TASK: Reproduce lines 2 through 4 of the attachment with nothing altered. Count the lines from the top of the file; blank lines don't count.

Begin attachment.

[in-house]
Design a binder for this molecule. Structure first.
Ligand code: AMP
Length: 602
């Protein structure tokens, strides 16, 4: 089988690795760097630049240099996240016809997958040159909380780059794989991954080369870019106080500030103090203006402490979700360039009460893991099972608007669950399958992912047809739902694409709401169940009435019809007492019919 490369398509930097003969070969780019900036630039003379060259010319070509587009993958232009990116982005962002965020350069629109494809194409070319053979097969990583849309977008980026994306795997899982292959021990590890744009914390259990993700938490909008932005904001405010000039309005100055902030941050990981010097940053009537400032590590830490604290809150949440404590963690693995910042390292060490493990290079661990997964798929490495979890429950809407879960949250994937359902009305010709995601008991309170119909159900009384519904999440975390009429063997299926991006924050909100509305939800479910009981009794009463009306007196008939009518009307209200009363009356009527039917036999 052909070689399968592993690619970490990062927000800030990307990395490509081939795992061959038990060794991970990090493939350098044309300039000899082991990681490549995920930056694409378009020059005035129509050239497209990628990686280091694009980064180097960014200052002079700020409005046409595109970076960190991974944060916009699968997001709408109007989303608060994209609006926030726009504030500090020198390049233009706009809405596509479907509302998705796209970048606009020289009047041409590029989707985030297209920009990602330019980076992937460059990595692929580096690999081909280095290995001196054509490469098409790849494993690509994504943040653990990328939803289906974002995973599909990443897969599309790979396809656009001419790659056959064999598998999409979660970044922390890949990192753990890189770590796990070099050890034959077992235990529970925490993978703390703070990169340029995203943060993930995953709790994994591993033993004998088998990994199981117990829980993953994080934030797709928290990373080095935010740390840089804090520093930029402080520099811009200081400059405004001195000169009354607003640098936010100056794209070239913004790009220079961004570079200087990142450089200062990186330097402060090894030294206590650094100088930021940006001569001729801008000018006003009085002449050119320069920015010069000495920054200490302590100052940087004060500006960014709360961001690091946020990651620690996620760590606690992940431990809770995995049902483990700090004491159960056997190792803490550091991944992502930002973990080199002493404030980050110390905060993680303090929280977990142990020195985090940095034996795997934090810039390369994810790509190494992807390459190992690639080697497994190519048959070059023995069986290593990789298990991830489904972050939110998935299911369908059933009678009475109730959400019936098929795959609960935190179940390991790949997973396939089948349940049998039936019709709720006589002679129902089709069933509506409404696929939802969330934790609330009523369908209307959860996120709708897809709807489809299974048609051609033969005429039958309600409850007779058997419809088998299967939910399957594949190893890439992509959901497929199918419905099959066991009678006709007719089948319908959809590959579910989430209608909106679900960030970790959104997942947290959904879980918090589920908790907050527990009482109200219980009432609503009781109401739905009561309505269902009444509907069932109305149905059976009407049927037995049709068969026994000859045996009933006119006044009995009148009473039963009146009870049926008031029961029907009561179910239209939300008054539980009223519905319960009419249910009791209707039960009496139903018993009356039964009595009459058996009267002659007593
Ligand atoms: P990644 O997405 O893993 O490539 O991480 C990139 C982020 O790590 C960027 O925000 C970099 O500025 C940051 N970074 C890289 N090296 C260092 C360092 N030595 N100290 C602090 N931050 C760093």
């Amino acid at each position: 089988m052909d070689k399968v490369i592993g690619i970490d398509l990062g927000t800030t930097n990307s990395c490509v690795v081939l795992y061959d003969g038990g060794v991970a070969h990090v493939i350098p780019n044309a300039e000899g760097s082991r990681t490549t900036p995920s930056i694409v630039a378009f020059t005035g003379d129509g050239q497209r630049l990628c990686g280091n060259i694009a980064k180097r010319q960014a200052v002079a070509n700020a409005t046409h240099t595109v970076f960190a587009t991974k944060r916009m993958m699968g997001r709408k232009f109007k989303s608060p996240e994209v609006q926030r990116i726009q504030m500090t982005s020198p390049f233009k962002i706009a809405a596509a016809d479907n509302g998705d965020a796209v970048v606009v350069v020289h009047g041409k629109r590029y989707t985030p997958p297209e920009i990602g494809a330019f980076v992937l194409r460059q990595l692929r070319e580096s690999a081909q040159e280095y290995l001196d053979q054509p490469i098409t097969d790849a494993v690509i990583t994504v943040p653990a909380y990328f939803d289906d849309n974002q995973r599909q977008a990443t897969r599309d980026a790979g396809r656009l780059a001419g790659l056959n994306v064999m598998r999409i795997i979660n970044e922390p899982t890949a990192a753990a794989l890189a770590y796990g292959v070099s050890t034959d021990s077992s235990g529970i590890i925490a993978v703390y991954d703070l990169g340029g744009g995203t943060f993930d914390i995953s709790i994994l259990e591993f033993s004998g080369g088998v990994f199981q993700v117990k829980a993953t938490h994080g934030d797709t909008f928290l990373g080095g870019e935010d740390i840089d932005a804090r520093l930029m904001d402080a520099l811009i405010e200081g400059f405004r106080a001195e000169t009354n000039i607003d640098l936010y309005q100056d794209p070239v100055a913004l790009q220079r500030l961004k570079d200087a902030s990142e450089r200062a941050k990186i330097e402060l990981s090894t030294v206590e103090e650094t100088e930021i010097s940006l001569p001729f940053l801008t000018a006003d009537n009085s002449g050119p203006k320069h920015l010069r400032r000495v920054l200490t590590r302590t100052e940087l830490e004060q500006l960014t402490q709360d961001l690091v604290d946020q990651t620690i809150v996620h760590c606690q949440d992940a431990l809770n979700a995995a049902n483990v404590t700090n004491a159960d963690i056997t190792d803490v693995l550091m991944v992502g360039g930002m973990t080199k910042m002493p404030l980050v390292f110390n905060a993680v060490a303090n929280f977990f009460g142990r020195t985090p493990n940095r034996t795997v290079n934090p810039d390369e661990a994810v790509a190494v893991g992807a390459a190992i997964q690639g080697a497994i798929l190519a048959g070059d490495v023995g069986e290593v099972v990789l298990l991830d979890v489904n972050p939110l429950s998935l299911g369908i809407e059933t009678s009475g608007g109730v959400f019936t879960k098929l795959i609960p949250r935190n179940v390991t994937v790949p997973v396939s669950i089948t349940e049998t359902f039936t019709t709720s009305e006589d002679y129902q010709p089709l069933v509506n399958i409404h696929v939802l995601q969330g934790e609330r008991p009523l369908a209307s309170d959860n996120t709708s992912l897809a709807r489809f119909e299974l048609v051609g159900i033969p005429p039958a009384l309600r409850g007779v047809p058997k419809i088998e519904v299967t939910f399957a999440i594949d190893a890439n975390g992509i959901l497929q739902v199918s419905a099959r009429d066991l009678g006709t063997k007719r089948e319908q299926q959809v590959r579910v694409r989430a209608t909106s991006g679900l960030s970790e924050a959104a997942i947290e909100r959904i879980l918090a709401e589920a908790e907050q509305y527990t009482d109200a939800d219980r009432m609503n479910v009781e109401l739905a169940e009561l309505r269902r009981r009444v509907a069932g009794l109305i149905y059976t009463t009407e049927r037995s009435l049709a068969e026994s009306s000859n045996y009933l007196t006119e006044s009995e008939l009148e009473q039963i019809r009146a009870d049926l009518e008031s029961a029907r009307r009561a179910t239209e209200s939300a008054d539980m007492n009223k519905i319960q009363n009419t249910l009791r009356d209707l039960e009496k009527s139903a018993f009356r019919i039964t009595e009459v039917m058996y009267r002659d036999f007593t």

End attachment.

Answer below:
Design a binder for this molecule. Structure first.
Ligand code: AMP
Length: 602